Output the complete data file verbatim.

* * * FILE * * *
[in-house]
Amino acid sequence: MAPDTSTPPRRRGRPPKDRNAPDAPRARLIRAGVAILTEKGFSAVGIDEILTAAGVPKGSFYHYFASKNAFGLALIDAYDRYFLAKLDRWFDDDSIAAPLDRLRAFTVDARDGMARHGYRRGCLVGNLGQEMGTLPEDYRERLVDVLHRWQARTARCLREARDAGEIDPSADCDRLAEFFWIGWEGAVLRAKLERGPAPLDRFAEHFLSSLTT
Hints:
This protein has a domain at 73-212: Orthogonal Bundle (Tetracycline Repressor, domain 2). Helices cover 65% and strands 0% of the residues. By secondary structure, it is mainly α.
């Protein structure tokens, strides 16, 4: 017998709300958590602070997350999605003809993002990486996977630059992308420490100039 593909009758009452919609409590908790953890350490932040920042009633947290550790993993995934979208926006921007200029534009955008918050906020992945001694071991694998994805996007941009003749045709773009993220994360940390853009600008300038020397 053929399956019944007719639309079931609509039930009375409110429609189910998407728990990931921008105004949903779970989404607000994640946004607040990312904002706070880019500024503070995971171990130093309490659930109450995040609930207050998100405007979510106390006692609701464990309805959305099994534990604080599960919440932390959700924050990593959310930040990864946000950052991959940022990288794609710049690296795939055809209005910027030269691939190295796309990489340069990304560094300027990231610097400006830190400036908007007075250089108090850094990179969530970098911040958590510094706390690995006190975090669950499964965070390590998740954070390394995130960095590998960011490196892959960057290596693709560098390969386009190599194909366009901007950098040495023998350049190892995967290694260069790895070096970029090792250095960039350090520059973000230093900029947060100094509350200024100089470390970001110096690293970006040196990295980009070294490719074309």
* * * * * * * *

[in-house]
Amino acid sequence: MAPDTSTPPRRRGRPPKDRNAPDAPRARLIRAGVAILTEKGFSAVGIDEILTAAGVPKGSFYHYFASKNAFGLALIDAYDRYFLAKLDRWFDDDSIAAPLDRLRAFTVDARDGMARHGYRRGCLVGNLGQEMGTLPEDYRERLVDVLHRWQARTARCLREARDAGEIDPSADCDRLAEFFWIGWEGAVLRAKLERGPAPLDRFAEHFLSSLTT
Hints:
This protein has a domain at 73-212: Orthogonal Bundle (Tetracycline Repressor, domain 2). Helices cover 65% and strands 0% of the residues. By secondary structure, it is mainly α.
């Protein structure tokens, strides 16, 4: 017998709300958590602070997350999605003809993002990486996977630059992308420490100039 593909009758009452919609409590908790953890350490932040920042009633947290550790993993995934979208926006921007200029534009955008918050906020992945001694071991694998994805996007941009003749045709773009993220994360940390853009600008300038020397 053929399956019944007719639309079931609509039930009375409110429609189910998407728990990931921008105004949903779970989404607000994640946004607040990312904002706070880019500024503070995971171990130093309490659930109450995040609930207050998100405007979510106390006692609701464990309805959305099994534990604080599960919440932390959700924050990593959310930040990864946000950052991959940022990288794609710049690296795939055809209005910027030269691939190295796309990489340069990304560094300027990231610097400006830190400036908007007075250089108090850094990179969530970098911040958590510094706390690995006190975090669950499964965070390590998740954070390394995130960095590998960011490196892959960057290596693709560098390969386009190599194909366009901007950098040495023998350049190892995967290694260069790895070096970029090792250095960039350090520059973000230093900029947060100094509350200024100089470390970001110096690293970006040196990295980009070294490719074309």